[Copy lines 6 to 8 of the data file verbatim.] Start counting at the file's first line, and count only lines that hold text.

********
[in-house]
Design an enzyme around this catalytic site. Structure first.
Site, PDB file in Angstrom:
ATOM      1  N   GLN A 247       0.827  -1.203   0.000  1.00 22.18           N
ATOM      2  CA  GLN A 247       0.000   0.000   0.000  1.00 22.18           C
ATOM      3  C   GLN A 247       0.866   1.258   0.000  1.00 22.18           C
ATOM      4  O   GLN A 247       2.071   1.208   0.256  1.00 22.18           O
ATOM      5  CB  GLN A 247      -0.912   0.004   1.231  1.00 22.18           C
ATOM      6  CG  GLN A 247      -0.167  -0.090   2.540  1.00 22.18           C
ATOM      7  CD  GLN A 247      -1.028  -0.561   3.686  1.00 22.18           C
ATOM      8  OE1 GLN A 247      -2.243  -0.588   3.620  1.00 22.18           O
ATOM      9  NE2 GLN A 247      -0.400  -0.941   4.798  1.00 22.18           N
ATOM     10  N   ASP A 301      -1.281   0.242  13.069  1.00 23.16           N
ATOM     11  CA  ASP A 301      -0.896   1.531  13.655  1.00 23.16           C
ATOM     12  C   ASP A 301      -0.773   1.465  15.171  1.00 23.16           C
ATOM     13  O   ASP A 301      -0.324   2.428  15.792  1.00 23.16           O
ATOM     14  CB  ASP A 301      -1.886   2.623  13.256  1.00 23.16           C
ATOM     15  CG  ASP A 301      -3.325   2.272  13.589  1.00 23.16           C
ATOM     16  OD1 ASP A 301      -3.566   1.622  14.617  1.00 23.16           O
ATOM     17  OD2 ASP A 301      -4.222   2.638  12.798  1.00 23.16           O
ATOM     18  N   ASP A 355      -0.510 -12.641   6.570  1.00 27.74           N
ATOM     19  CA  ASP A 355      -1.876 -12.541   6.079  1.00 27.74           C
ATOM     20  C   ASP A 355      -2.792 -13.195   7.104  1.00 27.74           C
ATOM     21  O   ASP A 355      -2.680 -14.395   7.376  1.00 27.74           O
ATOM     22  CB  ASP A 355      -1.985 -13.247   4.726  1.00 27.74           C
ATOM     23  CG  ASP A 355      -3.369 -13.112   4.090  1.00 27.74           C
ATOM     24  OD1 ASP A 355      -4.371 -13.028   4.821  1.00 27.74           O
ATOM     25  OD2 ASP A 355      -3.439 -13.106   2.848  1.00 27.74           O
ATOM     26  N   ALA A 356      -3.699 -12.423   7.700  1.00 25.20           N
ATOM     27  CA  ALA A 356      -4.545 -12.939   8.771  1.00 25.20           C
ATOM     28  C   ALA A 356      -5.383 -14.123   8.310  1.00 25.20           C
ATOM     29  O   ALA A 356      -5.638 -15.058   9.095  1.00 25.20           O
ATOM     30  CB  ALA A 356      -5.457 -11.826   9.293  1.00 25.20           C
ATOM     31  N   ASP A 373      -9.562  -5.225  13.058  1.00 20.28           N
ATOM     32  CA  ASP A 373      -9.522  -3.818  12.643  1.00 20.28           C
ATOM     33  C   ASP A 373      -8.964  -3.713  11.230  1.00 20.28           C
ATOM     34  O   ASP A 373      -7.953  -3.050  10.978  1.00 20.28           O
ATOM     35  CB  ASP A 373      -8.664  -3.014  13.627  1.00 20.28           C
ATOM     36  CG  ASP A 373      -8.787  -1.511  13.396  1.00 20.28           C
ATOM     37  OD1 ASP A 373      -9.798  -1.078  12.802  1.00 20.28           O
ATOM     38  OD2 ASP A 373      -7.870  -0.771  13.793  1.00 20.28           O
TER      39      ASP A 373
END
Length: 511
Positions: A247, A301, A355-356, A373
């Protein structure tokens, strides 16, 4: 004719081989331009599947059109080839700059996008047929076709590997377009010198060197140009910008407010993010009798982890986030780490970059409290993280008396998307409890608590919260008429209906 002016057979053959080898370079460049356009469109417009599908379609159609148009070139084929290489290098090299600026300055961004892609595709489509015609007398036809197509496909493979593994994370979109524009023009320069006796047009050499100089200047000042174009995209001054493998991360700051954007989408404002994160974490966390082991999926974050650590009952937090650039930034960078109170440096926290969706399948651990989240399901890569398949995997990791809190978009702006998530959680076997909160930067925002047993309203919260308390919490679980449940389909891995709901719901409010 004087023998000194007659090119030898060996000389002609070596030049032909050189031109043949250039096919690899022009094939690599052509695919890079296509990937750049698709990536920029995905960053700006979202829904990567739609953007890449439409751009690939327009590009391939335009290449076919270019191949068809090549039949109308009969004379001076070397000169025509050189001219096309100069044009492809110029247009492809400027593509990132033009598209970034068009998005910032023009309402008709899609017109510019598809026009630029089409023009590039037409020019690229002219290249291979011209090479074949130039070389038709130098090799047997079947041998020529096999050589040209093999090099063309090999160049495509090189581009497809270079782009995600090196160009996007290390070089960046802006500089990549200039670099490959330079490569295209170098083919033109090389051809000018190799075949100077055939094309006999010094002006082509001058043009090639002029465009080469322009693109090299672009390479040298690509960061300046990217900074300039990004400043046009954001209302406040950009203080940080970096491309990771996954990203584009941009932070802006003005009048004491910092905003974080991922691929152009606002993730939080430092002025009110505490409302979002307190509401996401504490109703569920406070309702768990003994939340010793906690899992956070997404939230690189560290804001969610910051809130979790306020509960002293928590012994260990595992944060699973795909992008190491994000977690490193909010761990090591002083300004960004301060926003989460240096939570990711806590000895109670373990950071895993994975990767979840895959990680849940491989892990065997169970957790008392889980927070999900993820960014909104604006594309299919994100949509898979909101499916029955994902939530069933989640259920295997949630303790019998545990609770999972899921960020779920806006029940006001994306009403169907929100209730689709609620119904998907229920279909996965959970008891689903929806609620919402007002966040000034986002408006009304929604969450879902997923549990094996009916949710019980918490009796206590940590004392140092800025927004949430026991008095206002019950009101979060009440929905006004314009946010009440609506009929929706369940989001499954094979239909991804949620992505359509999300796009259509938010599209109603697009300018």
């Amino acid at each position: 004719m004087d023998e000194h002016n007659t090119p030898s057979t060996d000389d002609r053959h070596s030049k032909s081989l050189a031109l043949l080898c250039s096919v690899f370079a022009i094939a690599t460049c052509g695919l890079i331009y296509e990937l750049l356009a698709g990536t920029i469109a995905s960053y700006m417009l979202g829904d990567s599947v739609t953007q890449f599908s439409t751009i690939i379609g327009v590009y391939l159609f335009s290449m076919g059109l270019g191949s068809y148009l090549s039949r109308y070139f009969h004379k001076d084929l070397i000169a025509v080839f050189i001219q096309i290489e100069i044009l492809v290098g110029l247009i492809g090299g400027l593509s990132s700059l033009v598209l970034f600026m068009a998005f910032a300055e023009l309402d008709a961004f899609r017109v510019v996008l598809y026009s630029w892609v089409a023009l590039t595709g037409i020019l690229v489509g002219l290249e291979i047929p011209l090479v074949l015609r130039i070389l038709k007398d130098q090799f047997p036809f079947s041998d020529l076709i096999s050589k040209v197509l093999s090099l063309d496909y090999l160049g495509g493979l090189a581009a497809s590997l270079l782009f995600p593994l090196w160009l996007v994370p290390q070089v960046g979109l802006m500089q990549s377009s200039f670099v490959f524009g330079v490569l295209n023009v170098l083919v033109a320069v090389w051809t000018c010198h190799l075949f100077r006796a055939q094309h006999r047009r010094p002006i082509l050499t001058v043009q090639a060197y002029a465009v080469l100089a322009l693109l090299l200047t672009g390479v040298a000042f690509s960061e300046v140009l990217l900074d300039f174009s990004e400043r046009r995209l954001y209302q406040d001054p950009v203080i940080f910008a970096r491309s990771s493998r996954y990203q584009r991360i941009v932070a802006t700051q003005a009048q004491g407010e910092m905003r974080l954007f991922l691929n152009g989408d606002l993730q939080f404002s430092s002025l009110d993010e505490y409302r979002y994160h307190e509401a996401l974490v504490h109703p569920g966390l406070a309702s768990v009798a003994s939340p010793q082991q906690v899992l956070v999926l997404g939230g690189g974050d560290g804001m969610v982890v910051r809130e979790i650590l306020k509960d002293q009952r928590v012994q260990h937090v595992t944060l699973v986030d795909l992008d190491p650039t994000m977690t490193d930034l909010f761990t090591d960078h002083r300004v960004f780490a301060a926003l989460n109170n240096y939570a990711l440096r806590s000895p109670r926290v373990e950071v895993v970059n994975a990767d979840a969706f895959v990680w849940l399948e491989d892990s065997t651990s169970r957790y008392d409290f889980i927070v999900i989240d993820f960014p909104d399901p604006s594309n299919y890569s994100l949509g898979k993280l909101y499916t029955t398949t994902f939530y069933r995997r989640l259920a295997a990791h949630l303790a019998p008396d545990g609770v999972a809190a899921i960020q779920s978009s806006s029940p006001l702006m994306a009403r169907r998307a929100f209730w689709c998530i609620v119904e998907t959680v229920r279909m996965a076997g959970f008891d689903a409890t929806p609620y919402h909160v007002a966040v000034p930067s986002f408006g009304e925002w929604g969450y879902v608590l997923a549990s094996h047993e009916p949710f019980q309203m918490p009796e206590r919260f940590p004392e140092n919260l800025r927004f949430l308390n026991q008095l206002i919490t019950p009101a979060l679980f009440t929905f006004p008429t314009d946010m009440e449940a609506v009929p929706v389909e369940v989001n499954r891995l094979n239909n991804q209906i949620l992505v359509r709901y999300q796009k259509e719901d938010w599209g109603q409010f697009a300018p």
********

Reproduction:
ATOM      3  C   GLN A 247       0.866   1.258   0.000  1.00 22.18           C
ATOM      4  O   GLN A 247       2.071   1.208   0.256  1.00 22.18           O
ATOM      5  CB  GLN A 247      -0.912   0.004   1.231  1.00 22.18           C